Yes! Our Health Clinic offers low-cost spay and neuter services for our community. View prices and services here. However, we are not a full-service veterinary office and do not offer diagnostics or emergency services. We suggest that all pet owners find a primary care veterinarian that their animals can visit regularly.
Do you provide spay and neuter surgeries?
The Humane Animal Treatment Society operates a managed admission shelter in partnership with Isabella County Animal Control. Because of our unique partnership, we do not classify our shelter as no-kill. However, we are proud to report that in recent years our save rate has reached over 90% --which is considered no-kill status in the animal rescue world.
Euthanasia is only considered in situations where there are serious aggression issues or severe medical issues that we cannot resolve. Whenever possible, we treat illnesses and work on behavioral issues so animals can be adopted.
Are you a no-kill facility?
HATS does not have the resources, nor are we licensed to care for wild animals. For guidance, you may contact the Michigan Department of Natural Resources at (517) 284-9453.
For issues with wildlife taking residence in your home or on your property, we recommend calling a local wildlife management service.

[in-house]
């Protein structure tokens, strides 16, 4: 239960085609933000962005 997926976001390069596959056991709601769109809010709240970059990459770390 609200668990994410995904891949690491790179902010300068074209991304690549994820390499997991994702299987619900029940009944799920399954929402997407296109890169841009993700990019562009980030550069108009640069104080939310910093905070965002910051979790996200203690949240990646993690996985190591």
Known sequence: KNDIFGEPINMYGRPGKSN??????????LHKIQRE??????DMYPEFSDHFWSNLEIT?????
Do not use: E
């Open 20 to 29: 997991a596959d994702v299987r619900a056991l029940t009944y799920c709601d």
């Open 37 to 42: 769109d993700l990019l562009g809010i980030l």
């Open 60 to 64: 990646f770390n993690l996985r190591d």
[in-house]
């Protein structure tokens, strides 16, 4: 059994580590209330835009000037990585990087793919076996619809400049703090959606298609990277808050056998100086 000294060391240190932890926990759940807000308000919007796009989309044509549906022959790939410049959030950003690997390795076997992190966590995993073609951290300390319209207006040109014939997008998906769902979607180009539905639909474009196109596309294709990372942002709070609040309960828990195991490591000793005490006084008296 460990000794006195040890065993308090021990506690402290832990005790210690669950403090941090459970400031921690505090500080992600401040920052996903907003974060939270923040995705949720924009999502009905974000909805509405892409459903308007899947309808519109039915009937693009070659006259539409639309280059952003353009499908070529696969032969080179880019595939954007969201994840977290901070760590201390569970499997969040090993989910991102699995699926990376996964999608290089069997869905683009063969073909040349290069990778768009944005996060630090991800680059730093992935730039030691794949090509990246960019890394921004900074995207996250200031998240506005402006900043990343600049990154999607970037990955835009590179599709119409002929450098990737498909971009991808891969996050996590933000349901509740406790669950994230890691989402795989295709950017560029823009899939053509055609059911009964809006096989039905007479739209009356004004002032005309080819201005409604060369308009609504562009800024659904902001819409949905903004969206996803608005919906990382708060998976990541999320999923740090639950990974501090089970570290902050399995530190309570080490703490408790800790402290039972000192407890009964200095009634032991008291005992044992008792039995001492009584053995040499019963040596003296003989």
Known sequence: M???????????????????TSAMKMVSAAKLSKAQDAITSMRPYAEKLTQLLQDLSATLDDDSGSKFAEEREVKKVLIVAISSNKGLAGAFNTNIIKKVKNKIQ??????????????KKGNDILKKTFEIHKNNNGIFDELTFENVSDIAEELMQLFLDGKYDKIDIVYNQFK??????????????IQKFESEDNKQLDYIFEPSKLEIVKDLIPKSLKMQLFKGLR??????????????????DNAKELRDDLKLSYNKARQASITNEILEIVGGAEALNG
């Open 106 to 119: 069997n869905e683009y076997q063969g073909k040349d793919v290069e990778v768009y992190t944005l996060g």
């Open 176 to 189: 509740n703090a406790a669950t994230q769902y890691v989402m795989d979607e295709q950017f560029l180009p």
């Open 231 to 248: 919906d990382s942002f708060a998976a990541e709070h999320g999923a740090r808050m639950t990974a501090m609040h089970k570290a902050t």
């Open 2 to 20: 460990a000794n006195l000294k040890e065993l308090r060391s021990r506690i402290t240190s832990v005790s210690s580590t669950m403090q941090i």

Do you help with wildlife?
No. Cats scratch on things for two reasons: to shed their claws and to mark their territory. Declawing is a painful procedure that involves the amputation of the last bone of each toe. Educated pet parents can easily train their cats to use their claws in a manner that allows everyone in the household to live together happily. Looking for tips? Check out this great article to learn more about healthy alternatives.
Do you declaw cats?
If you cannot continue the responsibility that comes with pet ownership and have been unsuccessful in your efforts of finding your animal a loving home, please call us for additional advice.
Cat overpopulation is a serious issue in our community and throughout the country. While your initial reaction may be to take all outdoor cats to the nearest shelter as soon as possible, that is not always in the best interest of the cats or the best solution for the issue.
If you are having difficulty keeping your beloved pets' food dish full, please visit the Community Compassion Network (local food pantry) for assistance. HATS works with CCN to provide pet food for community members in an effort to keep animals in their homes. Visit ccnfeeds.org for pantry hours and location. Food is not available for pick-up at the HATS location.
If you find a stray dog after business hours, please keep them safe until we reopen or call Isabella County central dispatch at (989) 773-1000.
I found a stray animal; what should I do?
If you are witnessing animal cruelty, call 911 for immediate assistance. If you need to report suspected cruelty or neglect within Isabella County, call Animal Control at (989) 773-9721.
Animal cruelty comes in many forms; such as physical abuse, failure to provide adequate shelter or care, abandonment, hoarding, puppy mills, animal fighting, or pets left in hot vehicles. We encourage you to always report any suspicious behavior.